None of that is necessary. Just broaden the research exemption, which has been proposed many times.
The US is converting gradually to the metric system, and NIST towards that for decades. The definitions of official US units in metric terms was one of those steps.
A lot of things sold in the US are sold in metric containers, for example 2L soft drink containers, many food packages and so on.
The US has also been signatory to every metric measurement treaty.
The petition is really rather silly. Changing the measurement system of a nation is a long and slow process. Even the French had to put it aside for a while (Napolean discontinued the process for a while).
The real shame is the US didn't start this process sooner. Thomas Jefferson actually advocated a decimal system of measures well before the French adopted the metric system but Congress (setting an alarming precedent) failed to act on the proposal. Later Jefferson was successful in getting the US to use a decimal currency, which was the first of it's type in the world.
Is it in contemplation with the House of Representatives to arrange our measures and weights [the same as the coinage] in a decimal ratio? The facility which this would introduce into the vulgar arithmetic would, unquestionably, be soon and sensibly felt by the whole mass of the people, who would thereby be enabled to compute for themselves whatever they should have occasion to buy, to sell, or to measure, which the present complicated and difficult ratios place beyond their computation for the most part
This is all on the courts who in a totally moronic decision greatly narrowed the research exemption back in 2002.
This decision needs to get overruled like right NOW.
In fact this really pisses me off. The court of Federal Appeals is supposed to be subject matter experts on patents. Instead they are the maroons who have done more to expand the patent system to cover all sorts of malarkey that should have never been covered.
When I first heard about establishment of this court I thought it sounded like a good idea because in theory it was going to put an end to crap like venue shopping for patent appeals.
Well, I was dead wrong about that. These nuts turned out to be more radical than any of the existing venues.
Yes, that was my impression as well. In fact I used to routinely investigate patented techniques in my research when I worked in R&D.
Ah the frigtarded Courts screwed us over:
"In 2002, the Court of Appeals for the Federal Circuit dramatically limited the scope of the research exemption in Madey v. Duke University, 307 F.3d 1351, 1362 (Fed. Cir. 2002). The court did not reject the defense, but left only a "very narrow and strictly limited experimental use defense" for "amusement, to satisfy idle curiosity, or for strictly philosophical inquiry." The court also precludes the defense where, regardless of profit motive, the research was done "in furtherance of the alleged infringer's legitimate business." In the case of a research university like Duke University, the court held that the alleged use was in furtherance of its legitimate business, and thus the defense was inapplicable."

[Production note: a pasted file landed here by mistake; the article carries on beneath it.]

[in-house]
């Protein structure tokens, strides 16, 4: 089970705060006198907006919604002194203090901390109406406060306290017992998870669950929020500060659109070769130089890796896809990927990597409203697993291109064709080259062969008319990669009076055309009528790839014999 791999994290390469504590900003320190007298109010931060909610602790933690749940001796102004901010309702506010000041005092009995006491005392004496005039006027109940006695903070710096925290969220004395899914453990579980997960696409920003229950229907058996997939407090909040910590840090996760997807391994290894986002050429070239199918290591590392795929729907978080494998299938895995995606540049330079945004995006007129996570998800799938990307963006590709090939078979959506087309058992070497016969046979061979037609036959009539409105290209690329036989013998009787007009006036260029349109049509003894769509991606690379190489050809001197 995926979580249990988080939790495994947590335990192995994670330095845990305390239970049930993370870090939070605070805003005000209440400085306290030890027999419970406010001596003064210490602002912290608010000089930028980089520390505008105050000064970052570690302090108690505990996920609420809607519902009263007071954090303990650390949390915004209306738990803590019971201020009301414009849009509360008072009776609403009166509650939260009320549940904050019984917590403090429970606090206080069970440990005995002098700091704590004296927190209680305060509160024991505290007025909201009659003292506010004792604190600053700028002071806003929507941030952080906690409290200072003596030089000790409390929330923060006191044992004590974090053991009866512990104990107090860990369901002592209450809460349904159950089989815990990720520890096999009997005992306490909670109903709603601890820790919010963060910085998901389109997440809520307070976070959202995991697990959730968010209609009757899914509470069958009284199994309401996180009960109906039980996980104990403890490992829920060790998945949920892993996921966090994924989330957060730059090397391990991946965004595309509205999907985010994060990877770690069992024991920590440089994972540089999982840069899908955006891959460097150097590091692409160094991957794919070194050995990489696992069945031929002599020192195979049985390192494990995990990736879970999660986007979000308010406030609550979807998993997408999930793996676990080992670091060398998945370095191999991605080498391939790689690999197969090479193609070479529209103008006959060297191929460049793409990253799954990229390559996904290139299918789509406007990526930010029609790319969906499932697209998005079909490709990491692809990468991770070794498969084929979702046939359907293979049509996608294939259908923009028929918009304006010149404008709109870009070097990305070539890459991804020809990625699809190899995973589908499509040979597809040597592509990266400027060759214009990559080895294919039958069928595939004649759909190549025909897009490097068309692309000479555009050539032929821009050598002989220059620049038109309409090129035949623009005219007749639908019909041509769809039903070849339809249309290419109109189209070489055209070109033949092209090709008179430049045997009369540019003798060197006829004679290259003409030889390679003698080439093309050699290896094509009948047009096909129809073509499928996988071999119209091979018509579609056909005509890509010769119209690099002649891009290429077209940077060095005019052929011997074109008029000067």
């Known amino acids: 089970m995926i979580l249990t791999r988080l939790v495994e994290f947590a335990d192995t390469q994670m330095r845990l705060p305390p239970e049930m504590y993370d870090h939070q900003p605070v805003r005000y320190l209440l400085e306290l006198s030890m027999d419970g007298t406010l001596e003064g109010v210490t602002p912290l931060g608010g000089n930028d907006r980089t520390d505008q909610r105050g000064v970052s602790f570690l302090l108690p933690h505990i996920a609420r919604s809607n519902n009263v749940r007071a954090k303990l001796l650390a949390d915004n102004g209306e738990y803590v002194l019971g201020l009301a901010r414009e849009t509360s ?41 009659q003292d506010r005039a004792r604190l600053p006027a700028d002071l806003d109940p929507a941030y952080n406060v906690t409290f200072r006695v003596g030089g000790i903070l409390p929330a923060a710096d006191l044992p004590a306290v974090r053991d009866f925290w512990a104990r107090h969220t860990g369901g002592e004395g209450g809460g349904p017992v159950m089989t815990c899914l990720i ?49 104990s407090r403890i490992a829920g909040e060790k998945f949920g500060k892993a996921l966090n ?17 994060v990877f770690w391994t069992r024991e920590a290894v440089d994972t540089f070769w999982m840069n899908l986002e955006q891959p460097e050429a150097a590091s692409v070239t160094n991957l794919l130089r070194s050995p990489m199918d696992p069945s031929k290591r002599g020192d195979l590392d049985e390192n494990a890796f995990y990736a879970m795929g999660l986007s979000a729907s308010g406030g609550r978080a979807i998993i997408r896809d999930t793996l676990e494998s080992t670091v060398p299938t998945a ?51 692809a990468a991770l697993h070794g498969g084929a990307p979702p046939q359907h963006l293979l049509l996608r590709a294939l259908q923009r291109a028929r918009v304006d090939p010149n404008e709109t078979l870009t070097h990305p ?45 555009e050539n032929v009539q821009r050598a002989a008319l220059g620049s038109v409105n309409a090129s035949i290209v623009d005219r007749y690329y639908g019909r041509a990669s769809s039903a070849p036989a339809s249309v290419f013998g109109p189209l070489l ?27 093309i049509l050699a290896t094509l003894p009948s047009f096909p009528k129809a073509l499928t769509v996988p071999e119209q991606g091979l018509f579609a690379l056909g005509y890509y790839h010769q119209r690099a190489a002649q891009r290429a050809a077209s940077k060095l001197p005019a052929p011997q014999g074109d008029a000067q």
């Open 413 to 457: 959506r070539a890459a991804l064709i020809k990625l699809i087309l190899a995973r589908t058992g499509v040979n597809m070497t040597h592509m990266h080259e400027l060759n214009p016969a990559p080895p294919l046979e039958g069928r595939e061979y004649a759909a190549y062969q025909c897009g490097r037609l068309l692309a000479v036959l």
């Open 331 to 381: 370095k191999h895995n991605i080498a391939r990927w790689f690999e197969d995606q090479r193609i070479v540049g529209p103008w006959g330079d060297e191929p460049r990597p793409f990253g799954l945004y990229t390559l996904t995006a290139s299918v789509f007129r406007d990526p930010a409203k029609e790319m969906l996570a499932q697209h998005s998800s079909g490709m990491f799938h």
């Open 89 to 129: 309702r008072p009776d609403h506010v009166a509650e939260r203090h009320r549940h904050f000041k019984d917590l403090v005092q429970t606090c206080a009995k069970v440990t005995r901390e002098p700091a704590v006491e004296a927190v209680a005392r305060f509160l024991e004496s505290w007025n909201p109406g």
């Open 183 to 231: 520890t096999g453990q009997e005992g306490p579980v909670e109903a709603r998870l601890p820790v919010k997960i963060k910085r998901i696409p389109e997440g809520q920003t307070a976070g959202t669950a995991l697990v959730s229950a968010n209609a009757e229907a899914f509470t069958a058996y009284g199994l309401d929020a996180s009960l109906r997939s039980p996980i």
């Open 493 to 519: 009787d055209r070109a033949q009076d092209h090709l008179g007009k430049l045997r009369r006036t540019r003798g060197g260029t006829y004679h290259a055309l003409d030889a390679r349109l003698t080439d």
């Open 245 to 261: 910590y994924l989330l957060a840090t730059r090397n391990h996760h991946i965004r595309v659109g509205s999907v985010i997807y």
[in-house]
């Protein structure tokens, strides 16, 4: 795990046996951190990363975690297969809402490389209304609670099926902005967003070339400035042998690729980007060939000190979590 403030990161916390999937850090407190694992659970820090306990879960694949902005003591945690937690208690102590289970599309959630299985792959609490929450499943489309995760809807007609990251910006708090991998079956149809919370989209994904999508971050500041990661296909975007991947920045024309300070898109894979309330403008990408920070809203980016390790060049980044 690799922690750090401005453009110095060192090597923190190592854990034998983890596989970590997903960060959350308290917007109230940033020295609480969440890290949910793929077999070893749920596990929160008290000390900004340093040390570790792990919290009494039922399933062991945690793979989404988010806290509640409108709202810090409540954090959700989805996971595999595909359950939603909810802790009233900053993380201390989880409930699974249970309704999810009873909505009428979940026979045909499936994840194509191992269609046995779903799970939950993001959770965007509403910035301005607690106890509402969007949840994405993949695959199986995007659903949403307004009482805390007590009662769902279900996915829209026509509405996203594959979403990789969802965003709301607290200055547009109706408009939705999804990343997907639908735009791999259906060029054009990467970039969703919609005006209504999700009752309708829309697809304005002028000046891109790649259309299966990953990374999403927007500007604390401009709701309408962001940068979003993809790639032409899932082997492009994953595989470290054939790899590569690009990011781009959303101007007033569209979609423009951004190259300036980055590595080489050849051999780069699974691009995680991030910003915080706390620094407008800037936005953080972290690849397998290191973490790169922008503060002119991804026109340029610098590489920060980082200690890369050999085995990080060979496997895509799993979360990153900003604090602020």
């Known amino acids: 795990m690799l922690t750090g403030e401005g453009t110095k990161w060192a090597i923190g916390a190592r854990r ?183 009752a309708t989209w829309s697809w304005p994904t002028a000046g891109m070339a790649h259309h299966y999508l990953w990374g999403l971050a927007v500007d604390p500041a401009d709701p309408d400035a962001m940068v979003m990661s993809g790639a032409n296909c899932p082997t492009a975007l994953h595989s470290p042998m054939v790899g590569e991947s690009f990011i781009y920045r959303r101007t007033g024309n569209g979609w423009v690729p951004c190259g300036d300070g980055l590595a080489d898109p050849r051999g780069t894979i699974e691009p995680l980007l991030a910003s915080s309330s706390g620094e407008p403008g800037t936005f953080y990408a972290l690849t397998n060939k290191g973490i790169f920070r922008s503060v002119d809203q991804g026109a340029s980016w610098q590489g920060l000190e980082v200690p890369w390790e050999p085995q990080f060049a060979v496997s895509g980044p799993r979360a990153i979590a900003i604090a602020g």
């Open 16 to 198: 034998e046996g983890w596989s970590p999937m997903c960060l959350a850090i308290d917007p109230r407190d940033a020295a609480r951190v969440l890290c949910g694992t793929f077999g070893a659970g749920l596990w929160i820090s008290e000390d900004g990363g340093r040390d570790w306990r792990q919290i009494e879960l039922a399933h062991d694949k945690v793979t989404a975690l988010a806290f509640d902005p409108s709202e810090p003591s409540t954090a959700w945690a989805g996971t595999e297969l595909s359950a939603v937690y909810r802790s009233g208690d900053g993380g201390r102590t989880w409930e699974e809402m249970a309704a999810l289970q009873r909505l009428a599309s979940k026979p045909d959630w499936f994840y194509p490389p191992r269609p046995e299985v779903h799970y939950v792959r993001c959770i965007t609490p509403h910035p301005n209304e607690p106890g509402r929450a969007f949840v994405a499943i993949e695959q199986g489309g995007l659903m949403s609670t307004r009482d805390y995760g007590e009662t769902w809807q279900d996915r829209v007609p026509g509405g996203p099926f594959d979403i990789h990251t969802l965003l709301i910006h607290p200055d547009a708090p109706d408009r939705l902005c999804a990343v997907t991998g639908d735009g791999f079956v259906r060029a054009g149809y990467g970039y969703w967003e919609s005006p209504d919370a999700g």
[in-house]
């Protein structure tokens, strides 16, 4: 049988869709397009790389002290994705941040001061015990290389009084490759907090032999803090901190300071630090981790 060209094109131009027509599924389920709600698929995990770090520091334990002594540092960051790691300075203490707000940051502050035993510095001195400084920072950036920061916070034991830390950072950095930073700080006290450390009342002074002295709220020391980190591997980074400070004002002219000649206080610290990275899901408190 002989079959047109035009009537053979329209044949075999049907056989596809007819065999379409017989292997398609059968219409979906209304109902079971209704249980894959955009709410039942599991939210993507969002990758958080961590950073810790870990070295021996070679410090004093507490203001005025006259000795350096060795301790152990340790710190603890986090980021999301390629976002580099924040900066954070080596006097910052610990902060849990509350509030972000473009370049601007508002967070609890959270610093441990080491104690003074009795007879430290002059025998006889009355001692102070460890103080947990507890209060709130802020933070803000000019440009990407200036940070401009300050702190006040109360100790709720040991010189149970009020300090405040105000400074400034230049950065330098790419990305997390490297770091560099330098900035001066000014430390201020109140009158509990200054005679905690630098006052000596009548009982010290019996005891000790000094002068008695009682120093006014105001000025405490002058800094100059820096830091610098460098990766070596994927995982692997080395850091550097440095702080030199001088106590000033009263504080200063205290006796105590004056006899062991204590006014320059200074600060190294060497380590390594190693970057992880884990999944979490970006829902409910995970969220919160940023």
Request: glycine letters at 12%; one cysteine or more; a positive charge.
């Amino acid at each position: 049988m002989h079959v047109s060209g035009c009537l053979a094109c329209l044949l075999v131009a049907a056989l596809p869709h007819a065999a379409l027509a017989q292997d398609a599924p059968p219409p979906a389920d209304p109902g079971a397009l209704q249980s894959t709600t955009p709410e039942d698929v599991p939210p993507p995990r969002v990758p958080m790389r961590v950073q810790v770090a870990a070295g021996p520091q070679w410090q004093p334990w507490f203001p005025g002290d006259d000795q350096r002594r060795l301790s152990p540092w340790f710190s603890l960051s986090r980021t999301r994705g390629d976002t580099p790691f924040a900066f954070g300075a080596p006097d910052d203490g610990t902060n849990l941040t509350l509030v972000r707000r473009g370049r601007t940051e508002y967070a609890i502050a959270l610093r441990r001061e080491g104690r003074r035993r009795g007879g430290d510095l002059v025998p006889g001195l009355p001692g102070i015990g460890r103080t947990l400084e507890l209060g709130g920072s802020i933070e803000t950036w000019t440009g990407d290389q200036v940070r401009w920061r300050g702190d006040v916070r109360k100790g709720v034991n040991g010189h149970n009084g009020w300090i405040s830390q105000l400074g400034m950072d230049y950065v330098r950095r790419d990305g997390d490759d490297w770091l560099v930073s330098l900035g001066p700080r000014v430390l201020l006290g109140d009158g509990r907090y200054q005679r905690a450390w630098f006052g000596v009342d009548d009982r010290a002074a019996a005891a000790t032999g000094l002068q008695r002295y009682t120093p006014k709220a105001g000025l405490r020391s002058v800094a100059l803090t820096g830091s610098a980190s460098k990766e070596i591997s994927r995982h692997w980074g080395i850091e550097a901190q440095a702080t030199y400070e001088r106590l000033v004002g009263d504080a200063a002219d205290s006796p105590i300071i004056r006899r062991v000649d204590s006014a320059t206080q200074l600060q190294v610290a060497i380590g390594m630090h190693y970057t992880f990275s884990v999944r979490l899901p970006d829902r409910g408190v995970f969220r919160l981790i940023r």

this is disgusting
The purpose of patents is to "To promote the Progress of Science and useful Arts".
2012 GDP Rank: 1 15T USD
Pretty well, thanks.
Verizon is pretty good about over-provisioning FIOS.
The long fuckton is a British unit (i.e. imperial fuckton) slightly larger than the fucktonne. In the US we use short fucktons.
Never sign a contract with a phone company.
They didn't say they don't allow that kind of usage. They said they don't allow servers (it's right in the TOS).
Fucktonne is the metric unit. You said fuckton so it's ok in the US too.
Domain names are not objects, however they also are not intellectual property like copyrights or patents because a domain name does not have the same ability to be used by many without depriving the original owner of it's utility.
CMM LEVEL RATING -2 LUNATIC
Were you even alive before weather satellites? I remember what it was like 40 years ago, and the accuracy of prediction is now far superior to what it used to be.
The prediction of storm tracks in particular has gotten to be really good. For example the Sandy track prediction was excellent despite the complexity of the situation.
So a gross miscarriage of justice is averted. Now it's time to sack all those involved.
And while we are at it the same penalty should be administered to those who involved in charging Kaitlyn Hunt with two felony counts for having consensual lesbian sex with her high school mate.
What is it about Florida anyway?